Most triathletes agree that eating while running can be a tricky business, and unless you’re covering mega miles, you won’t need to take on calories while you’re running—simply fuel and hydrate well beforehand and refuel adequately afterwards. The best diet for triathletes is often one that isn’t too high in fiber before big run workouts (and race day), to lower the chance of G.I. (gastrointestinal distress). Runners’ trots is an all-too-common phenomenon among endurance athletes (and they love talking about it!).
If you do want to fuel during a run workout, the best options are typically fluids (electrolyte drinks or energy drinks) or energy chews or gels. Keeping your blood sugar up and minimizing any digestion issues is usually the top priority. If you’re looking to take on more and carry more (for runs of two hours or more, for example), you could consider wearing a hydration vest.Section divider
The triathlete’s diet: Eating for recovery
Any good triathlon training diet will always feature plentiful protein and carbs, not just to help you fuel, but equally as importantly, to help you refuel. The recovery process can really only get under way when you are giving your body the nutrients it needs to adapt, rebuild, repair, and prepare for whatever you have lined up next. Consuming 20-30 grams of protein in the 20-30 minutes after finishing your workout (particularly long or harder workouts) can help your body to repair faster, stimulating protein synthesis in the muscles. Good examples of high-protein refueling foods might include: eggs, yogurt, kefir, cottage cheese, and protein shakes.
Of course, you need more than just protein: Carbs are important for refueling too and will help replenish glycogen stores. Good examples of post-exercise carbs can include sweet potatoes, quinoa (or any grains), fruit and veggies. Pairing proteins with carbs post-exercise is ideal and some athletes prefer to take on a lighter, high-protein snack within their refueling window and then eat a more substantial carb and protein meal within 90 minutes of finishing their workout.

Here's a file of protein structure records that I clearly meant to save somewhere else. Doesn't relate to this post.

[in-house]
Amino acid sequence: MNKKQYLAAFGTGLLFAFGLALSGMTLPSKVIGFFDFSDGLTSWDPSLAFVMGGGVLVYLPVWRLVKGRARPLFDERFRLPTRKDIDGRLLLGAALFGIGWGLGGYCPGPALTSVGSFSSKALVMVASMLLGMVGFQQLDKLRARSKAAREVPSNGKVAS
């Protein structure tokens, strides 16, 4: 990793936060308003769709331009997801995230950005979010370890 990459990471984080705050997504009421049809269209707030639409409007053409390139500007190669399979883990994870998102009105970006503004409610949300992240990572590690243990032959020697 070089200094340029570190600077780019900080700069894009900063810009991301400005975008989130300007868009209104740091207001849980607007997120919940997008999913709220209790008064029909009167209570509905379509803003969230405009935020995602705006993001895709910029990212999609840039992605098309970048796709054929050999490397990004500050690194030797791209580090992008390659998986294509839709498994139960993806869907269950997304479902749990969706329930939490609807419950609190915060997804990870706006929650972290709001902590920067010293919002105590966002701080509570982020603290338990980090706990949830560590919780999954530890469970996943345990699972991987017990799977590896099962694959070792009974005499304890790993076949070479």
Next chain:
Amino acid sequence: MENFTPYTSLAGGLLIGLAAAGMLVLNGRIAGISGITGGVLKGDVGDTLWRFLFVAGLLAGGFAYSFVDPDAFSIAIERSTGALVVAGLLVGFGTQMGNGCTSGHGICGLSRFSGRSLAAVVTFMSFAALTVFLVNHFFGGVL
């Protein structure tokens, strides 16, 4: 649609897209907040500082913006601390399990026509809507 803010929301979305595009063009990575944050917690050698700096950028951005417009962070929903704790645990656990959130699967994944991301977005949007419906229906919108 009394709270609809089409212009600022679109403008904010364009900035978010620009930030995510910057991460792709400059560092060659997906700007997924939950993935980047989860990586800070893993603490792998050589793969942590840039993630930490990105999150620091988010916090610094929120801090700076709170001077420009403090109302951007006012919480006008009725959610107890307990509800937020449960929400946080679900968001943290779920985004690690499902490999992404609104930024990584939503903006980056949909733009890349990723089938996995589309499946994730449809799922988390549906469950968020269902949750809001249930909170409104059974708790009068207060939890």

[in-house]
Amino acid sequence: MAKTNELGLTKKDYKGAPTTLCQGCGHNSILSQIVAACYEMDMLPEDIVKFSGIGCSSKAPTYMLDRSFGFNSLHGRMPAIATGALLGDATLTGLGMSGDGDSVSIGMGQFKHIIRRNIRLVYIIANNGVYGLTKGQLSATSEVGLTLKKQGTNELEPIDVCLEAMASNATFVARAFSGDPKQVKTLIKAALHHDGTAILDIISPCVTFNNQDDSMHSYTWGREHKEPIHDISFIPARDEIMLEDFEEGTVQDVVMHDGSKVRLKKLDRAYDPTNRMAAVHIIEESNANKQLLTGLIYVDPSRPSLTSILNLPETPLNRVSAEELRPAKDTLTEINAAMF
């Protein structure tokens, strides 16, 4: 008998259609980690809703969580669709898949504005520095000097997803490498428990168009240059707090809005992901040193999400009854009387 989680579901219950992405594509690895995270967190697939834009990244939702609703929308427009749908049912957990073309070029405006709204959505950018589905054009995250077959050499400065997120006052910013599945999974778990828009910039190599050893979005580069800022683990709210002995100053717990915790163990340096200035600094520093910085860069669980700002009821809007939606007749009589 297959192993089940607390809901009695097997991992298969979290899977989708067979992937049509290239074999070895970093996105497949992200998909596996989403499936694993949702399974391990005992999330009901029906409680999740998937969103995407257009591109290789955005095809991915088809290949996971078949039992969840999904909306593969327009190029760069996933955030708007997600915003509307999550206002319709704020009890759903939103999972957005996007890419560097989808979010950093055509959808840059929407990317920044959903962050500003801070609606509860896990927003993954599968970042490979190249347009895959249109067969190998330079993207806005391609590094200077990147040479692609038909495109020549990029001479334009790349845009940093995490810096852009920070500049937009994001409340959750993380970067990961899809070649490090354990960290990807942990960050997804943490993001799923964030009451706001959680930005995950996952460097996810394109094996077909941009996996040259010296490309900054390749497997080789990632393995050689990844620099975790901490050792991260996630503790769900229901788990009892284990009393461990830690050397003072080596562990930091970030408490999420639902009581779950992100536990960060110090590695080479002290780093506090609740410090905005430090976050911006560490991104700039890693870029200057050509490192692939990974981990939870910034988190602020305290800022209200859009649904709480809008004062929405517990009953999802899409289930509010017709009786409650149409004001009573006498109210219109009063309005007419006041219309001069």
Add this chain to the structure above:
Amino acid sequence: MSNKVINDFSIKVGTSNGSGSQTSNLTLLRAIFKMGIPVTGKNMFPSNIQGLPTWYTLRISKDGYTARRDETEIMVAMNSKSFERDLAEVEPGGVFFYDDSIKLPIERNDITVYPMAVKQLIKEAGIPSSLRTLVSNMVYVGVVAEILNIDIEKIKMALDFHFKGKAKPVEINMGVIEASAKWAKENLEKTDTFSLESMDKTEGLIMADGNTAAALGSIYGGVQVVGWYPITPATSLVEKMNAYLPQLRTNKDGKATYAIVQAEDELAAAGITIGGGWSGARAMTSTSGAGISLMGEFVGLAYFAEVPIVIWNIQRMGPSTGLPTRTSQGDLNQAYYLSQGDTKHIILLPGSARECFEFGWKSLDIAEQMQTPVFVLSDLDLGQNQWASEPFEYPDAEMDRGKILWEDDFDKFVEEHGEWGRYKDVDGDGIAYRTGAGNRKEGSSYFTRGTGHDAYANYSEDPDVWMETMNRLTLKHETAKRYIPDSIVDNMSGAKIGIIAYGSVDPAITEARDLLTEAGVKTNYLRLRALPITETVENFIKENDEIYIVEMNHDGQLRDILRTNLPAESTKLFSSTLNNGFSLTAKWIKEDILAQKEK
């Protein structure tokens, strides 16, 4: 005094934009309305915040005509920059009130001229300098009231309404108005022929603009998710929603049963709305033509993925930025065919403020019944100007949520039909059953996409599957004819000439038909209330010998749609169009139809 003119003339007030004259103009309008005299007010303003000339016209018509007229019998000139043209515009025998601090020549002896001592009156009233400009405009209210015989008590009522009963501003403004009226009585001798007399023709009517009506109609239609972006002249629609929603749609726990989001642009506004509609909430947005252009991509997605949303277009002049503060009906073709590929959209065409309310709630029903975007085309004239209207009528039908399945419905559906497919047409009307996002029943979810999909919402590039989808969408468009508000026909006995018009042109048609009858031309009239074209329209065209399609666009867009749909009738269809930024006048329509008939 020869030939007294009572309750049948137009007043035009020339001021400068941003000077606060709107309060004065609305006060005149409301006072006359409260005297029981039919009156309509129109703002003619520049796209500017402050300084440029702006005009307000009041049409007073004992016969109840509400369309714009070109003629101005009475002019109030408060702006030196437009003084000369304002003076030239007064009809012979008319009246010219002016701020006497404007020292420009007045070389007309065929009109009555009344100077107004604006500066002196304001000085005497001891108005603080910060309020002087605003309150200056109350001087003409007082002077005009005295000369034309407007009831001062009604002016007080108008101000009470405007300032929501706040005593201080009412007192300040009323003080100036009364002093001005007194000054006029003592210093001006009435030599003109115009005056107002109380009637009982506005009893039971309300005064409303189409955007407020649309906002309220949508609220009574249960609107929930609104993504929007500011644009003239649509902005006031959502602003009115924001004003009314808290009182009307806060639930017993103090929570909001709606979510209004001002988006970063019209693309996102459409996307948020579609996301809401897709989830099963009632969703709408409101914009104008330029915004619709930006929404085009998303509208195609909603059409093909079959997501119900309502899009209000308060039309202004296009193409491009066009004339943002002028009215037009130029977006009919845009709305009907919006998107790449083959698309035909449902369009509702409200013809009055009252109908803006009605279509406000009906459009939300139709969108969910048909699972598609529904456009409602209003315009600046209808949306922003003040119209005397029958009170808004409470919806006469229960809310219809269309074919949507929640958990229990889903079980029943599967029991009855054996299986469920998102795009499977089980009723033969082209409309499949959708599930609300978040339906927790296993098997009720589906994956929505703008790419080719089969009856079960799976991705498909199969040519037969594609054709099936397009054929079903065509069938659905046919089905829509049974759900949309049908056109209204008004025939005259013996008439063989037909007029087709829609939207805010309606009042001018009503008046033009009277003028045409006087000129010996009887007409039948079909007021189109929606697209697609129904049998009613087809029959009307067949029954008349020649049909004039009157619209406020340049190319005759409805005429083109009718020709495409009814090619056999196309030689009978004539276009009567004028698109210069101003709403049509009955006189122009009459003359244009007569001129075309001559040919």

This article on How to Eat for Recovery gives a lot of tips on how to eat to prevent illness, recover from illness, prevent injury, and recovery from injury. If you’re looking for an anti-inflammatory meal plan, start here.
Ensuring you eat enough, especially after training, can go a long way to keeping you fit, well, and healthy. It is far too easy for triathletes to prioritize weight goals or body composition targets at the expense of adequate fueling and refueling. This can lead to the Relative Energy Deficit in Sports (RED-S), which can diminish performance, affect immunity along with menstrual function for women and bone health, and be tied to overtraining syndrome since the body cannot recover. It can also lead to longer-term health problems.
Coach Matt Fitzgerald, author of Racing Weight, has written extensively on this topic, including this recent piece on “The Great Race Weight Debate”, which features three key pieces of advice that all triathletes, regardless of their experience level or aspirations, should heed. There’s also this article—”The Do’s and Don’ts of Getting Leaner”—that gives tips on balancing training and weight loss in a safe, smart way.Section divider
What to eat pre-race
Whether you are eating for Ironman or eating for your first sprint race, one of the golden rules is always: Don’t do anything new on race day—and that definitely includes pre-race. An important part of the triathlon training diet is figuring out (in training) what works for you, so come race day (and race eve) you can tuck into your pre-race meal knowing it will deliver you all the calories and goodness you need without any risk of upset stomachs (or worse!). Many triathletes tend to stick with one tried-and-true pre-race meal the night before they race, which is often something simple such as a sweet potato or rice with a simple protein. Others swear by pizza or steak—so it really is as unique as you are. Most people tend to avoid high-fiber and/or high-fat foods to help with optimal functioning of the digestive system.
On race morning (assuming you are racing early in the morning, as is typically the case with triathlon) your pre-event meal should ideally be consumed 1.5 to two hours before the start of the race.
For shorter races, it isn’t essential to have large amounts of food, but it is important to eat enough to top up liver glycogen stores and prevent hunger. A small breakfast such as toast, instant oatmeal, or a smoothie is ideal. A small carbohydrate-rich snack (e.g., half of a bagel with butter and jam or half of an energy bar) can then be consumed in the 30 minutes before the race if needed.
For longer races (70.3 and Ironman distances), you do not need to set your alarm for a 3 a.m. breakfast—you are looking to top up glycogen stores, prevent hunger, and have some reserves to start the race. You can do this in the same 1.5 to two-hour window, and nutritionists such as Dr. Stacy Sims often recommend toast with jam and instant oatmeal mixed with milk or a milk alternative as a liquid meal. Given that most athletes have pre-race nerves, the easier your meal is to consume and digest the better chance you stand of getting it down.Section divider
What to eat during a triathlon race